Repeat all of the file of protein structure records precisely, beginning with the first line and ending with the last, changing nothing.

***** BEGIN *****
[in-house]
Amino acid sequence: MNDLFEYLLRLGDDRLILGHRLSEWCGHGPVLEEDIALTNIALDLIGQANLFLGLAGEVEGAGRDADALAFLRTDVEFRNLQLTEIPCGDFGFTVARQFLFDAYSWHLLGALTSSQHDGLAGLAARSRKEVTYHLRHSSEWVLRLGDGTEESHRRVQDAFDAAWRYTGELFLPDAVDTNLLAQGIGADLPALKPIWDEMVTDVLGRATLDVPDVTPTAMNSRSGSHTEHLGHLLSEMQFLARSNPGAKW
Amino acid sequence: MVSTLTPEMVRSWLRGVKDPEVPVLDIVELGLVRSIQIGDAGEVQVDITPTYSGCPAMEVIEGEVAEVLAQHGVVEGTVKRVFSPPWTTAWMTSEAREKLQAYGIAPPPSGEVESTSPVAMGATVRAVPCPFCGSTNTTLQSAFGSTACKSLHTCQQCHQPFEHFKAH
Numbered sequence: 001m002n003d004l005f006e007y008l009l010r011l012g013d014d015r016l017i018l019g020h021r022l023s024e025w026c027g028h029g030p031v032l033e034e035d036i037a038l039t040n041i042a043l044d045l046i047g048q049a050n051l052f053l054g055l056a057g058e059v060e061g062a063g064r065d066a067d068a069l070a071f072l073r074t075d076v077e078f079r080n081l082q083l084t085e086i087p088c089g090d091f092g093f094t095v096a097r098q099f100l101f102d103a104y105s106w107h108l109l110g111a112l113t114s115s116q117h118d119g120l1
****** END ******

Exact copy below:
[in-house]
Amino acid sequence: MNDLFEYLLRLGDDRLILGHRLSEWCGHGPVLEEDIALTNIALDLIGQANLFLGLAGEVEGAGRDADALAFLRTDVEFRNLQLTEIPCGDFGFTVARQFLFDAYSWHLLGALTSSQHDGLAGLAARSRKEVTYHLRHSSEWVLRLGDGTEESHRRVQDAFDAAWRYTGELFLPDAVDTNLLAQGIGADLPALKPIWDEMVTDVLGRATLDVPDVTPTAMNSRSGSHTEHLGHLLSEMQFLARSNPGAKW
Amino acid sequence: MVSTLTPEMVRSWLRGVKDPEVPVLDIVELGLVRSIQIGDAGEVQVDITPTYSGCPAMEVIEGEVAEVLAQHGVVEGTVKRVFSPPWTTAWMTSEAREKLQAYGIAPPPSGEVESTSPVAMGATVRAVPCPFCGSTNTTLQSAFGSTACKSLHTCQQCHQPFEHFKAH
Numbered sequence: 001m002n003d004l005f006e007y008l009l010r011l012g013d014d015r016l017i018l019g020h021r022l023s024e025w026c027g028h029g030p031v032l033e034e035d036i037a038l039t040n041i042a043l044d045l046i047g048q049a050n051l052f053l054g055l056a057g058e059v060e061g062a063g064r065d066a067d068a069l070a071f072l073r074t075d076v077e078f079r080n081l082q083l084t085e086i087p088c089g090d091f092g093f094t095v096a097r098q099f100l101f102d103a104y105s106w107h108l109l110g111a112l113t114s115s116q117h118d119g120l1